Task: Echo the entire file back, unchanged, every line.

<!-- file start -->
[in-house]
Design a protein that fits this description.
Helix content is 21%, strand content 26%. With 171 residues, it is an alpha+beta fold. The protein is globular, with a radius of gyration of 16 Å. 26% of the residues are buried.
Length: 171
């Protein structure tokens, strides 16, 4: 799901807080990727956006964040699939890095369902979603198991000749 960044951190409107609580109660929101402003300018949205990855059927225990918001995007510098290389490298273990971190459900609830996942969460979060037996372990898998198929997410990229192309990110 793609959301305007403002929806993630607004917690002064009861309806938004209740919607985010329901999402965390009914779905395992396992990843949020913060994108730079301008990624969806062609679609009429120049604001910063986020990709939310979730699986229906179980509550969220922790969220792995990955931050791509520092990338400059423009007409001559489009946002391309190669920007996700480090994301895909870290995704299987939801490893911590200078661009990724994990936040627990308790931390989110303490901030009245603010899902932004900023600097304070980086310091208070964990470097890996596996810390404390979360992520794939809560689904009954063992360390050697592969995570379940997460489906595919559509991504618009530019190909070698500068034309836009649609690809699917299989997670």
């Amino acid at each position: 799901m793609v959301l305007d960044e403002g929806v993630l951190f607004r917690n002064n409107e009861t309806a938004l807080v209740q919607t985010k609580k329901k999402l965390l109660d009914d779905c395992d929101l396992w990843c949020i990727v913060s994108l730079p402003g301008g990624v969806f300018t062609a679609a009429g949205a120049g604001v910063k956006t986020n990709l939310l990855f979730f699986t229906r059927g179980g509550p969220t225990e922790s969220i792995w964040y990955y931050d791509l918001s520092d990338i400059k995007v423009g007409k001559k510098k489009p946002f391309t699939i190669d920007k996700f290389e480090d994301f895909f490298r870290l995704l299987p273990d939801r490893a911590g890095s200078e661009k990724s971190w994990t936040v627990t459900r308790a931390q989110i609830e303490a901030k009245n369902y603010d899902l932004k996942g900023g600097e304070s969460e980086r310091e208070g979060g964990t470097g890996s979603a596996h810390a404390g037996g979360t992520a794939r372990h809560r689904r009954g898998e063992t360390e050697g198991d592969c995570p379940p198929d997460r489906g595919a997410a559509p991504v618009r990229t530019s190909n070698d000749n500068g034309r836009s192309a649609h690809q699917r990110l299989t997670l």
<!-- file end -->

[in-house]
Design a protein that fits this description.
Helix content is 21%, strand content 26%. With 171 residues, it is an alpha+beta fold. The protein is globular, with a radius of gyration of 16 Å. 26% of the residues are buried.
Length: 171
């Protein structure tokens, strides 16, 4: 799901807080990727956006964040699939890095369902979603198991000749 960044951190409107609580109660929101402003300018949205990855059927225990918001995007510098290389490298273990971190459900609830996942969460979060037996372990898998198929997410990229192309990110 793609959301305007403002929806993630607004917690002064009861309806938004209740919607985010329901999402965390009914779905395992396992990843949020913060994108730079301008990624969806062609679609009429120049604001910063986020990709939310979730699986229906179980509550969220922790969220792995990955931050791509520092990338400059423009007409001559489009946002391309190669920007996700480090994301895909870290995704299987939801490893911590200078661009990724994990936040627990308790931390989110303490901030009245603010899902932004900023600097304070980086310091208070964990470097890996596996810390404390979360992520794939809560689904009954063992360390050697592969995570379940997460489906595919559509991504618009530019190909070698500068034309836009649609690809699917299989997670």
């Amino acid at each position: 799901m793609v959301l305007d960044e403002g929806v993630l951190f607004r917690n002064n409107e009861t309806a938004l807080v209740q919607t985010k609580k329901k999402l965390l109660d009914d779905c395992d929101l396992w990843c949020i990727v913060s994108l730079p402003g301008g990624v969806f300018t062609a679609a009429g949205a120049g604001v910063k956006t986020n990709l939310l990855f979730f699986t229906r059927g179980g509550p969220t225990e922790s969220i792995w964040y990955y931050d791509l918001s520092d990338i400059k995007v423009g007409k001559k510098k489009p946002f391309t699939i190669d920007k996700f290389e480090d994301f895909f490298r870290l995704l299987p273990d939801r490893a911590g890095s200078e661009k990724s971190w994990t936040v627990t459900r308790a931390q989110i609830e303490a901030k009245n369902y603010d899902l932004k996942g900023g600097e304070s969460e980086r310091e208070g979060g964990t470097g890996s979603a596996h810390a404390g037996g979360t992520a794939r372990h809560r689904r009954g898998e063992t360390e050697g198991d592969c995570p379940p198929d997460r489906g595919a997410a559509p991504v618009r990229t530019s190909n070698d000749n500068g034309r836009s192309a649609h690809q699917r990110l299989t997670l």